In 2012, the second Dutch multidisciplinary guideline for schizophrenia was released (Alphen et al., Reference Alphen, Ammeraal, Blanke, Boonstra, Boumans, Bruggeman, Castelein, Dekker, Van Duin, Van Ewijk, Van der Gaag, Van Gool, De Haas, Henquet, Hermens, Ketelaars, Knegtering, Krans, Lansen, Lochy, Loonen, Meesters, Van Meijel, Miltenburg, Oud, De Pater, Peterse, Van der Plas, Rammers, Rentenaar, Van Santen, Scheewe, Selten, Slooff, Stoop, Vlaminck, Vollaard, Van Weeghel, Van Wel and Van Zon2012), followed in 2018 by the standard of care for psychosis (Care standard psychosis, 2018), both largely in line with National Institute for Health and Care Excellence (NICE) guidelines from the UK (National Institute for Health and Care Excellence, 2014). These guidelines contain advice, recommendations and instructions for assessment, diagnosis and treatment of people with psychotic disorders (Alphen et al., Reference Alphen, Ammeraal, Blanke, Boonstra, Boumans, Bruggeman, Castelein, Dekker, Van Duin, Van Ewijk, Van der Gaag, Van Gool, De Haas, Henquet, Hermens, Ketelaars, Knegtering, Krans, Lansen, Lochy, Loonen, Meesters, Van Meijel, Miltenburg, Oud, De Pater, Peterse, Van der Plas, Rammers, Rentenaar, Van Santen, Scheewe, Selten, Slooff, Stoop, Vlaminck, Vollaard, Van Weeghel, Van Wel and Van Zon2012; National Institute for Health and Care Excellence, 2014; Care standard psychosis, 2018). Guideline concordant psychosis care can reduce symptoms, hospitalisation and mortality rates in these patients (Miller et al., Reference Miller, Hall, Buchanan, Buckley, Chiles, Conley, Crismon, Ereshefsky, Essock, Finnerty, Marder, Miller, McEvoy, Rush, Saeed, Schooler, Shon, Stroup and Tarin-Godoy2004; Janssen et al., Reference Janssen, Weinmann, Berger, Harter, Held, Leipert, Luderer, Schwarz, Steinert and Gaebel2005; Cullen et al., Reference Cullen, McGinty, Zhang, Dosreis, Steinwachs, Guallar and Daumit2013). Studies suggest that despite their apparent utility, adherence to clinical guidelines in regular mental healthcare is suboptimal (Bauer, Reference Bauer2002; Girlanda et al., Reference Girlanda, Fiedler, Becker, Barbui and Koesters2017). For example, 60% of people with a psychotic illness diagnosed with metabolic disorders did not receive any form of guideline-recommended treatments for their condition (Bruins et al., Reference Bruins, Pijnenborg, van den Heuvel, Visser, Corpeleijn, Bartels-Velthuis, Bruggeman and Jorg2017). Furthermore, two-thirds of the care needs of patients with psychotic disorders in Dutch mental healthcare were not reflected in their treatment plans (Tasma et al., Reference Tasma, Swart, Wolters, Liemburg, Bruggeman, Knegtering and Castelein2016, Reference Tasma, Liemburg, Knegtering, Delespaul, Boonstra and Castelein2017). This could, in part, be explained by insufficient resources, such as a lack of recommended interventions and trained practitioners in regional care (van Weeghel et al., Reference van Weeghel, van de Lindt, Slooff, van de Kar, van Vugt and Wiersma2011). Another explanation could be that clinicians sometimes struggle to correctly assess all of their patients’ needs. Routine outcome monitoring (ROM) is a method of using standard instruments to systematically monitor patients’ health and wellbeing over time (Trauer, Reference Trauer2010). It can be helpful in identifying care needs and providing input for a collaborative decision-making process. ROM also has the potential to monitor changes in these needs over time. It is important to get a better understanding of the relation between targeted evidence-based mental healthcare consumption and care needs of patients with a psychotic illness in order to offer optimal treatment. In this study, we will combine longitudinal ROM data with care consumption data and use existing treatment algorithms to identify care needs. Next, we will investigate how interventions and treatments offered in daily clinical practice are related to these care needs and how they develop over subsequent years.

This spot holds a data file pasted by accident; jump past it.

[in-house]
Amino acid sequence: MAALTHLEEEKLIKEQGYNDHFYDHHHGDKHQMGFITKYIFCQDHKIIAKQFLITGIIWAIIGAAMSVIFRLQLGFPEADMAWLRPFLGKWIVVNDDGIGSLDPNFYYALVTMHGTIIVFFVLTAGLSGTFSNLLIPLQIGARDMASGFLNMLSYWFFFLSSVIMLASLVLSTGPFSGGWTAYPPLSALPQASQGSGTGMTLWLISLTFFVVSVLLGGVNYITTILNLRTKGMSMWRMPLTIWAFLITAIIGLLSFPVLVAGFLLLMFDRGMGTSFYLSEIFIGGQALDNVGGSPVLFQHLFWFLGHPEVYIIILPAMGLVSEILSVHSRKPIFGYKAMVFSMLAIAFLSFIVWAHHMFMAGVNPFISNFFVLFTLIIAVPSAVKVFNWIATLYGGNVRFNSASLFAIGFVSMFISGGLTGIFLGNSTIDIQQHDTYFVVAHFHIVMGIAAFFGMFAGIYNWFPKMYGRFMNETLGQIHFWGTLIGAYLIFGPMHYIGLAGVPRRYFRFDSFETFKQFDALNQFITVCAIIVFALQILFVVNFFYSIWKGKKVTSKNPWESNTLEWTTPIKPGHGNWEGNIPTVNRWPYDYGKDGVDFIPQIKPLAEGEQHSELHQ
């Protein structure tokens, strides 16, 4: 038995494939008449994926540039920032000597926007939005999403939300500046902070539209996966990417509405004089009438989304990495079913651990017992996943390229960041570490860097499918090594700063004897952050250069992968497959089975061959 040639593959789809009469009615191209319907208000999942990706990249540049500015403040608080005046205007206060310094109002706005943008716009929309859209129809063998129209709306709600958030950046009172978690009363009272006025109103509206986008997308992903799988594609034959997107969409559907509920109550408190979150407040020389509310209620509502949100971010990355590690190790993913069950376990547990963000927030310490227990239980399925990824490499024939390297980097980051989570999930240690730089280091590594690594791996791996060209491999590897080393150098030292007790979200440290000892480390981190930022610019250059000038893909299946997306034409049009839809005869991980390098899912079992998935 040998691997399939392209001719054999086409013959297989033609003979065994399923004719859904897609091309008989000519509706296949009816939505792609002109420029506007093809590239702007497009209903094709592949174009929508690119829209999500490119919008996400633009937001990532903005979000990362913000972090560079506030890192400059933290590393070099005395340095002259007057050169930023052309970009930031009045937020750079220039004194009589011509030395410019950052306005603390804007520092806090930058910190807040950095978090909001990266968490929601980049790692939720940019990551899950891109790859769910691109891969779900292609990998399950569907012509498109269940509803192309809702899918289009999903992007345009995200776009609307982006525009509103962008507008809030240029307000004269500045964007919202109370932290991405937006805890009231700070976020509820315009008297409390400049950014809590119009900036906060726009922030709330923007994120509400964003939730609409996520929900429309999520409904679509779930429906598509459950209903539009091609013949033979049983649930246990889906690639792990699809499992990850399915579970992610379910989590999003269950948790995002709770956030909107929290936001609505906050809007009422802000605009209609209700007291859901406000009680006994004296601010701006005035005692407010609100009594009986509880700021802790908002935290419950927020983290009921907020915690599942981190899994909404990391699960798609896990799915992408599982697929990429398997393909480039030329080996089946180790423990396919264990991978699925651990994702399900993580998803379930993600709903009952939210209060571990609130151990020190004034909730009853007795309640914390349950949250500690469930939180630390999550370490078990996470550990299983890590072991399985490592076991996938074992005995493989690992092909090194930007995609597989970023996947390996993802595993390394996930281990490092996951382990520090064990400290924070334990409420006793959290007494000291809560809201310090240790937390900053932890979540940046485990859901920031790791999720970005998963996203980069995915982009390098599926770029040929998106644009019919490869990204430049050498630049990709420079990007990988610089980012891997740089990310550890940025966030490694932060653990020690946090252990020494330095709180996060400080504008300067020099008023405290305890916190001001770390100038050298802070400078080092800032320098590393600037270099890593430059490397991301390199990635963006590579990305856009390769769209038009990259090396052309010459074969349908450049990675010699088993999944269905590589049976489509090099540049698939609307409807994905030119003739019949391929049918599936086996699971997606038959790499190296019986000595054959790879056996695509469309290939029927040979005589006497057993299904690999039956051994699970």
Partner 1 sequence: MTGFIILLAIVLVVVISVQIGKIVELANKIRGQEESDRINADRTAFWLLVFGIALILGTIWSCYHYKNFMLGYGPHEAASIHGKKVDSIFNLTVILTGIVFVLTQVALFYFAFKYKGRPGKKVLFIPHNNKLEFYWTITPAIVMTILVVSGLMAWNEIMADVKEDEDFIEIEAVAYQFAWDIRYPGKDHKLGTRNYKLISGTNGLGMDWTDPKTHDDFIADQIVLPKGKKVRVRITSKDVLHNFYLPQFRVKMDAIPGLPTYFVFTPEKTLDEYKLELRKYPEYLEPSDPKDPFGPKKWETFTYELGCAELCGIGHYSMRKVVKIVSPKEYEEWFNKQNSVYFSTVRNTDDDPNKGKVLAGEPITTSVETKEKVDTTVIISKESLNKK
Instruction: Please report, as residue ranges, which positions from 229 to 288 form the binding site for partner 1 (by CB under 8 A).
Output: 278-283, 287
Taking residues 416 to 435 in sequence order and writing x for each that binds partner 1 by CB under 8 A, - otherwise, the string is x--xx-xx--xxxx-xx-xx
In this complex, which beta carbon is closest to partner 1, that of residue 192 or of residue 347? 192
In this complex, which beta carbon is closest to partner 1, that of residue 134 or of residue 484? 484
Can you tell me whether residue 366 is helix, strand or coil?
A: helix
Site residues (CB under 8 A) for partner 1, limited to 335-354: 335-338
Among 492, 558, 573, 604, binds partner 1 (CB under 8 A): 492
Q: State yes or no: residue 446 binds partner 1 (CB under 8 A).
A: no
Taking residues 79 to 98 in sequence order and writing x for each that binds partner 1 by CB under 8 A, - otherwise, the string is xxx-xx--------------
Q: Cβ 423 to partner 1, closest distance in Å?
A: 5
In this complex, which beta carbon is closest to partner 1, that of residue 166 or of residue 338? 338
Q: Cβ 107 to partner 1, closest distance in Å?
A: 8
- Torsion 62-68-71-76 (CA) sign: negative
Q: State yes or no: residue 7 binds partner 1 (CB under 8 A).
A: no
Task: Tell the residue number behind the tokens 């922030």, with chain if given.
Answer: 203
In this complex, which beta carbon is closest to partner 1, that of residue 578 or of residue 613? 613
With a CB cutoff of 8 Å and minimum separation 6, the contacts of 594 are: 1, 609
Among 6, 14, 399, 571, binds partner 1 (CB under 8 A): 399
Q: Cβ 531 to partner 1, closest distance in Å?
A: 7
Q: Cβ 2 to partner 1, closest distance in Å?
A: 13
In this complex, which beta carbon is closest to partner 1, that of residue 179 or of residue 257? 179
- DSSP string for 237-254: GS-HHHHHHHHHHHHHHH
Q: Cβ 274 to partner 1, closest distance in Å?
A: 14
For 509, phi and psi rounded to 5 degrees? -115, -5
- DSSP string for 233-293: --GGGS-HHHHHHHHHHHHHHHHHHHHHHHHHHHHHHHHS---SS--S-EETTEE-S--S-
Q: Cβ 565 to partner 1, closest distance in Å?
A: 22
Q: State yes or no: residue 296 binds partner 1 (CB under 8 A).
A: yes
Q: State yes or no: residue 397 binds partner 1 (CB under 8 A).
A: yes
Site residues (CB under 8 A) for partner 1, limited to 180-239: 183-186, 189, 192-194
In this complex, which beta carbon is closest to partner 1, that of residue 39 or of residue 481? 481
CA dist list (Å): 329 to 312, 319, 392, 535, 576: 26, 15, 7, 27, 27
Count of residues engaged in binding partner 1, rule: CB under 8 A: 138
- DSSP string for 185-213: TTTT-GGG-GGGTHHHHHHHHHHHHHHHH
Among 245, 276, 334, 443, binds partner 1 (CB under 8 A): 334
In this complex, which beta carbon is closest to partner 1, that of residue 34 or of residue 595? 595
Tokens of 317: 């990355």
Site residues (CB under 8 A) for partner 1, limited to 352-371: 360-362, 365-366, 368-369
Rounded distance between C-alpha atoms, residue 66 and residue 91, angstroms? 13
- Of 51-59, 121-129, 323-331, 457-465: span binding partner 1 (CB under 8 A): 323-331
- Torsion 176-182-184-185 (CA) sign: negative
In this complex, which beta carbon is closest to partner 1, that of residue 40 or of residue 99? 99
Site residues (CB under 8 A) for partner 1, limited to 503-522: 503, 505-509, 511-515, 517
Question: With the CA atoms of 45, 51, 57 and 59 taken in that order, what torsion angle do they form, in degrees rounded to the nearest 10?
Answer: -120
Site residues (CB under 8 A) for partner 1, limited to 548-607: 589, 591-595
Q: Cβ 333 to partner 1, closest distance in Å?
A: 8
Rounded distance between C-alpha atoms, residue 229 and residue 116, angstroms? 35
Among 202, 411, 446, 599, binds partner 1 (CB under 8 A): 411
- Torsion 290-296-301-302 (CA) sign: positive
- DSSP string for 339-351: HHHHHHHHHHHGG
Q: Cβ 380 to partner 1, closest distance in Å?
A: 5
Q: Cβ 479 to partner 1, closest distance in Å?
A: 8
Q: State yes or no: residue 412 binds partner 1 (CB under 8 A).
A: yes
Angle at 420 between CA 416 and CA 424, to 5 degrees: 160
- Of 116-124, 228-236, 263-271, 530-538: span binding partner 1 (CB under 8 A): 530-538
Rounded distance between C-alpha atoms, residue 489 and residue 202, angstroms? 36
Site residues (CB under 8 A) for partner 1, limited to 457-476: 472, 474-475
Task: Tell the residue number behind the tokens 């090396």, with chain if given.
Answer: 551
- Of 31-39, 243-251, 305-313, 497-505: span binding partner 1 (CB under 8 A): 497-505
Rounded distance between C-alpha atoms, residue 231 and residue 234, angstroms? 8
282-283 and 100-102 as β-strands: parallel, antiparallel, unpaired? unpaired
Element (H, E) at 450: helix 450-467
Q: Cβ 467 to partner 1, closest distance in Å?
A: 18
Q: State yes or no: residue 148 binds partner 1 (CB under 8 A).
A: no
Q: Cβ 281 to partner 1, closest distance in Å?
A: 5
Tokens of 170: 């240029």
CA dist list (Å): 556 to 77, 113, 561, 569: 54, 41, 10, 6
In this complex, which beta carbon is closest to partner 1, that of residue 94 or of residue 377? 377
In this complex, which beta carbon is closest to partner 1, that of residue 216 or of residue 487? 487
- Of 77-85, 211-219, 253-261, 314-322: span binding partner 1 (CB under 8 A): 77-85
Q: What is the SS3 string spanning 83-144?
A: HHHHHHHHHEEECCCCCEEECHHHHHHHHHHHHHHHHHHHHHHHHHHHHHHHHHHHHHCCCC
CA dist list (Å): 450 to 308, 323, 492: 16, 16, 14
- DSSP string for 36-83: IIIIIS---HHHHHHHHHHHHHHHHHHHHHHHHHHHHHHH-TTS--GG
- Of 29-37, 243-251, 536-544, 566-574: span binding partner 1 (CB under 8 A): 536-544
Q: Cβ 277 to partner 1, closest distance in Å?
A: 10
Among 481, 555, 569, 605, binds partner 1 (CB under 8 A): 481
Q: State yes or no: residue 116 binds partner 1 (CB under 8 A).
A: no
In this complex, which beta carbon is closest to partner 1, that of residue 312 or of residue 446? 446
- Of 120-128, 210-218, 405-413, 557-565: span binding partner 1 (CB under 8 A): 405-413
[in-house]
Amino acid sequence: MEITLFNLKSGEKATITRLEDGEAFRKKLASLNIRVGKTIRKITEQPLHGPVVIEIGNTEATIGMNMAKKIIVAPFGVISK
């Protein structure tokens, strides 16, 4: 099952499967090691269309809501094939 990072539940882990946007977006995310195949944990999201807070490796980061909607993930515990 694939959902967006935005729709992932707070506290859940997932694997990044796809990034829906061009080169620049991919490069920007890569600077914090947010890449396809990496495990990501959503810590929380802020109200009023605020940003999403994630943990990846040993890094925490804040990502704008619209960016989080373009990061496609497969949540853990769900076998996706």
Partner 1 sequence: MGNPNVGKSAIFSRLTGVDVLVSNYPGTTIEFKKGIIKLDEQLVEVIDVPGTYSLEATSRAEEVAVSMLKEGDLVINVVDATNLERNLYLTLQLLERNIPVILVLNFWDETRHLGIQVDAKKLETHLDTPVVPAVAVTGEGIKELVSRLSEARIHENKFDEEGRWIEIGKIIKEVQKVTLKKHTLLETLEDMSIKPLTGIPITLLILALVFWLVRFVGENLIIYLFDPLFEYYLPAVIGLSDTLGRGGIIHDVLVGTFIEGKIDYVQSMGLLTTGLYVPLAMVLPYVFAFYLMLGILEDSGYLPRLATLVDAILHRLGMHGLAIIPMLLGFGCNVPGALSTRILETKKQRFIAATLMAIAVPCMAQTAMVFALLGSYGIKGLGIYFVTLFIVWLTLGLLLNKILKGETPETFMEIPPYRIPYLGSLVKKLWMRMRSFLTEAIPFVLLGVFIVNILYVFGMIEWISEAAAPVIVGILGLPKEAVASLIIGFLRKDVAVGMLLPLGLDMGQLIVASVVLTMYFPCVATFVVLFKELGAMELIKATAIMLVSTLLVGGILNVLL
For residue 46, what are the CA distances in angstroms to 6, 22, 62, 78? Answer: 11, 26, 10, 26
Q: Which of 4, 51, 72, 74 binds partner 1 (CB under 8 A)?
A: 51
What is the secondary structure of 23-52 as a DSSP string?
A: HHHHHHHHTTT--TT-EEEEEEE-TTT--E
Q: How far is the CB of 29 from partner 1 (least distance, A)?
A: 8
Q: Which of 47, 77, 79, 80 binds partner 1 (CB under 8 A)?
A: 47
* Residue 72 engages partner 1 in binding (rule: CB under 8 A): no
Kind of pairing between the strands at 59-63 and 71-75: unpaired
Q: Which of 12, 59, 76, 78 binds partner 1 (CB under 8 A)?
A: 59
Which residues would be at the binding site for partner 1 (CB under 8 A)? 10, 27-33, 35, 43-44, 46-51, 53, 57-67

The first aim of this study is to systematically describe the prevalence of psychiatric, physical and social wellbeing-related care needs of people with psychotic disorders. The second aim is to study changes in their care needs over subsequent years. The final aim is to explore the relationship between targeted evidence-based mental healthcare consumption and pharmacotherapy with care need outcomes.
Data and participants